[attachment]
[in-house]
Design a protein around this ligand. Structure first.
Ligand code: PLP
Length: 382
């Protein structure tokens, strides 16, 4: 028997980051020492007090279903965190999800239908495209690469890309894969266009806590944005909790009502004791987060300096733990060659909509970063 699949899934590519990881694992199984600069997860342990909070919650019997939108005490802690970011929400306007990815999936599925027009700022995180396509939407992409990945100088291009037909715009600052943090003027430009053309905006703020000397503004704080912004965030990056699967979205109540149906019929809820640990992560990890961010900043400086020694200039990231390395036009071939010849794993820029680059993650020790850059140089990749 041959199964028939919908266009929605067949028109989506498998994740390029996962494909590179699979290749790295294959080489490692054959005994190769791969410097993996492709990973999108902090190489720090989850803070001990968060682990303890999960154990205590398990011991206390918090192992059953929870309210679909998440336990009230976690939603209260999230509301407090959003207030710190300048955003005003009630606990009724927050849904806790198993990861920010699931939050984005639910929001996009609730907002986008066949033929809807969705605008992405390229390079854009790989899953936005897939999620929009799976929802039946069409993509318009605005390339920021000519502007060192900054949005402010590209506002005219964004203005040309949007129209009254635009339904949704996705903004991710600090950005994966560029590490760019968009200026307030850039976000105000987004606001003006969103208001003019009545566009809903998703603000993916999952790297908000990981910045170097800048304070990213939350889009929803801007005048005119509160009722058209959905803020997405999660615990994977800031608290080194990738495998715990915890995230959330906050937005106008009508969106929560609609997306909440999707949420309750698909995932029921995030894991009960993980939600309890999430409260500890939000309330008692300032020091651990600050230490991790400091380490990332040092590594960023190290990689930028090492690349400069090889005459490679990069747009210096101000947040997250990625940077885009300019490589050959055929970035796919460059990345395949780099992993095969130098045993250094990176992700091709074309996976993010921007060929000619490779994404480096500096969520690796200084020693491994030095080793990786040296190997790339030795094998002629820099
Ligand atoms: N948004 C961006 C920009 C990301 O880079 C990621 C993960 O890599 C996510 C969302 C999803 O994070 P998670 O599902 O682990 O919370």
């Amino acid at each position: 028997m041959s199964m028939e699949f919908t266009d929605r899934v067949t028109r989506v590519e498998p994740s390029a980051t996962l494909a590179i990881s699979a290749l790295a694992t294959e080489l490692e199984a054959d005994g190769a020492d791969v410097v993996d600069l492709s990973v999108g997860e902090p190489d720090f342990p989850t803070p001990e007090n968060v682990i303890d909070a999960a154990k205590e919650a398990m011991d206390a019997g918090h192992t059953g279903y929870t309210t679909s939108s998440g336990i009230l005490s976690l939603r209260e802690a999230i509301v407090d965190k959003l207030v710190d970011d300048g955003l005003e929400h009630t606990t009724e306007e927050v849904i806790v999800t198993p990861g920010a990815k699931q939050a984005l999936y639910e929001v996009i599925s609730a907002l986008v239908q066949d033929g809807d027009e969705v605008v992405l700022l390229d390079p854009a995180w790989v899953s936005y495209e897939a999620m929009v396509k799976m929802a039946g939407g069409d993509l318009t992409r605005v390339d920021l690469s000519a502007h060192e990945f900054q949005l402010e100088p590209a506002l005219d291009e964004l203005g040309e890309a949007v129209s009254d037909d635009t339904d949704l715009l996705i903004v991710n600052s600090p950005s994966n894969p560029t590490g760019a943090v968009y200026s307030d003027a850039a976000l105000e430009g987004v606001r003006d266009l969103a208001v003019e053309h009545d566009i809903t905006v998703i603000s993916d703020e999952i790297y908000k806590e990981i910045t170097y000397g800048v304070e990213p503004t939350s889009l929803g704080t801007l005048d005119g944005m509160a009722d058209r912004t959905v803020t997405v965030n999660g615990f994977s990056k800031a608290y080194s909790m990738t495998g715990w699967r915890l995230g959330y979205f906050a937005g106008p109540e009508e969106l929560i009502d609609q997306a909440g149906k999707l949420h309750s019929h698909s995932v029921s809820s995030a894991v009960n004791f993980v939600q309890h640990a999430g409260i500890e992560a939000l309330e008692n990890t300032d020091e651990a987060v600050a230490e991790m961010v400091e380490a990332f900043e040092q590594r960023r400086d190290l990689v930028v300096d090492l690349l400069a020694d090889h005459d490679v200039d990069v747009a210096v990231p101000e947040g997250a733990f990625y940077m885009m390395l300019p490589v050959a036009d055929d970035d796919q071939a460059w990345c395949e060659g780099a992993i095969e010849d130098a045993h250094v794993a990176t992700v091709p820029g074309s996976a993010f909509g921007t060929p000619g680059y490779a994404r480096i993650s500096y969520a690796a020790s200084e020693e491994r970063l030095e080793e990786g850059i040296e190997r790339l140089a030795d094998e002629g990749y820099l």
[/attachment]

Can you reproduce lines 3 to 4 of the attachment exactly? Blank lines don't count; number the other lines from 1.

Ligand code: PLP
Length: 382